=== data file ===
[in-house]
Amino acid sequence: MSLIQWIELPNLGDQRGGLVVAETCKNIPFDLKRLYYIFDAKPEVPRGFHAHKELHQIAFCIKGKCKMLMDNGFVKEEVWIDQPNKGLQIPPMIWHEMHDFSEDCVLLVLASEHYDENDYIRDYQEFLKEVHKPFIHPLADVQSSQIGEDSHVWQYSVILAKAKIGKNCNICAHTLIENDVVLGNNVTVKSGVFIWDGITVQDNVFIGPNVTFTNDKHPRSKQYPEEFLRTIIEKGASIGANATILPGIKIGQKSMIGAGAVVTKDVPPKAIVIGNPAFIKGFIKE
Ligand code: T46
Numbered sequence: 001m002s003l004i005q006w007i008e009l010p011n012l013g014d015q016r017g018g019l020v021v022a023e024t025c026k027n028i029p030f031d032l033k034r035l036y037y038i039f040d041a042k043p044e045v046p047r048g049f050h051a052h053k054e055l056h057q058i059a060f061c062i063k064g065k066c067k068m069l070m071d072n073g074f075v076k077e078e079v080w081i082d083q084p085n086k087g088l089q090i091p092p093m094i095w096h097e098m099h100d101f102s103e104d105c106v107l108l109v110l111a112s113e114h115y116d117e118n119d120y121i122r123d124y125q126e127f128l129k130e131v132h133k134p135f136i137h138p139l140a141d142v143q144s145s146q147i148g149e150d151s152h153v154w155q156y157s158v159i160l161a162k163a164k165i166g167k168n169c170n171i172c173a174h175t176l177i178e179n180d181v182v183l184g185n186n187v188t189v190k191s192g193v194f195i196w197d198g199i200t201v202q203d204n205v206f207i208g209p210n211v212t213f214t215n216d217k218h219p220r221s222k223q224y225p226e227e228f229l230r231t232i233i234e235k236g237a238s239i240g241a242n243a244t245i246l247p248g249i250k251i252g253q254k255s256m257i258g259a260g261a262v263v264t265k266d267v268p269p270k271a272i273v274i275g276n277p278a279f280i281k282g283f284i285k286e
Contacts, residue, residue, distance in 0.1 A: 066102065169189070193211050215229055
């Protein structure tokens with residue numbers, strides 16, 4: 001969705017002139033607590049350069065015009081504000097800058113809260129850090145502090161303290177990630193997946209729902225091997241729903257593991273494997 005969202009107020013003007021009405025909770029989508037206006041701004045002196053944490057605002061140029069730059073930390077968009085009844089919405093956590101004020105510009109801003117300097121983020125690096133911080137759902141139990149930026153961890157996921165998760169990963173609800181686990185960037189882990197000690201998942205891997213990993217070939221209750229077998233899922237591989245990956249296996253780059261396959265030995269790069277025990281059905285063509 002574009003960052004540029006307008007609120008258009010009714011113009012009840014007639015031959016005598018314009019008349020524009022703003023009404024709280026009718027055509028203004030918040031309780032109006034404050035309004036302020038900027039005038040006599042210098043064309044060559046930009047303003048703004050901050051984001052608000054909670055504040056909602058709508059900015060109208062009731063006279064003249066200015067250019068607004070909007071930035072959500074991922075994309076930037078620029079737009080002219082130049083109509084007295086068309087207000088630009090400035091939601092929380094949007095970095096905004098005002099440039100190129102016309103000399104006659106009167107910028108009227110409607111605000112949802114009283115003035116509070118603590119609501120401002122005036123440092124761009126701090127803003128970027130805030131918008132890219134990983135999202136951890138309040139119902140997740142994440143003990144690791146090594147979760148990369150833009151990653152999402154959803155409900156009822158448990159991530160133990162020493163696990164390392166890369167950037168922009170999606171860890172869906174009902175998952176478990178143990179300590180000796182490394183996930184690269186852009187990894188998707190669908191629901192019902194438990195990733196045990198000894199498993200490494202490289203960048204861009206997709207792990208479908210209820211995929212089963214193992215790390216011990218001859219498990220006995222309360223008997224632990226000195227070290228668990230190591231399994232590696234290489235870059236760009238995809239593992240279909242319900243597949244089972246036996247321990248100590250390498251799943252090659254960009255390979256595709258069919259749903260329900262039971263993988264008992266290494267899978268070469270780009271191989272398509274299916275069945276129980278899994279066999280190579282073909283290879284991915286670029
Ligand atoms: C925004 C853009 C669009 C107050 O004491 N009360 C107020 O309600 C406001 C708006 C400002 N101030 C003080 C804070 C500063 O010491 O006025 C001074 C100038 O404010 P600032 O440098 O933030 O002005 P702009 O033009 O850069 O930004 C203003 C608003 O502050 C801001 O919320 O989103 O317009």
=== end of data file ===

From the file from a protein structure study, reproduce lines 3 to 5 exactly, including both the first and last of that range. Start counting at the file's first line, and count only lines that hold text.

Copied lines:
Ligand code: T46
Numbered sequence: 001m002s003l004i005q006w007i008e009l010p011n012l013g014d015q016r017g018g019l020v021v022a023e024t025c026k027n028i029p030f031d032l033k034r035l036y037y038i039f040d041a042k043p044e045v046p047r048g049f050h051a052h053k054e055l056h057q058i059a060f061c062i063k064g065k066c067k068m069l070m071d072n073g074f075v076k077e078e079v080w081i082d083q084p085n086k087g088l089q090i091p092p093m094i095w096h097e098m099h100d101f102s103e104d105c106v107l108l109v110l111a112s113e114h115y116d117e118n119d120y121i122r123d124y125q126e127f128l129k130e131v132h133k134p135f136i137h138p139l140a141d142v143q144s145s146q147i148g149e150d151s152h153v154w155q156y157s158v159i160l161a162k163a164k165i166g167k168n169c170n171i172c173a174h175t176l177i178e179n180d181v182v183l184g185n186n187v188t189v190k191s192g193v194f195i196w197d198g199i200t201v202q203d204n205v206f207i208g209p210n211v212t213f214t215n216d217k218h219p220r221s222k223q224y225p226e227e228f229l230r231t232i233i234e235k236g237a238s239i240g241a242n243a244t245i246l247p248g249i250k251i252g253q254k255s256m257i258g259a260g261a262v263v264t265k266d267v268p269p270k271a272i273v274i275g276n277p278a279f280i281k282g283f284i285k286e
Contacts, residue, residue, distance in 0.1 A: 066102065169189070193211050215229055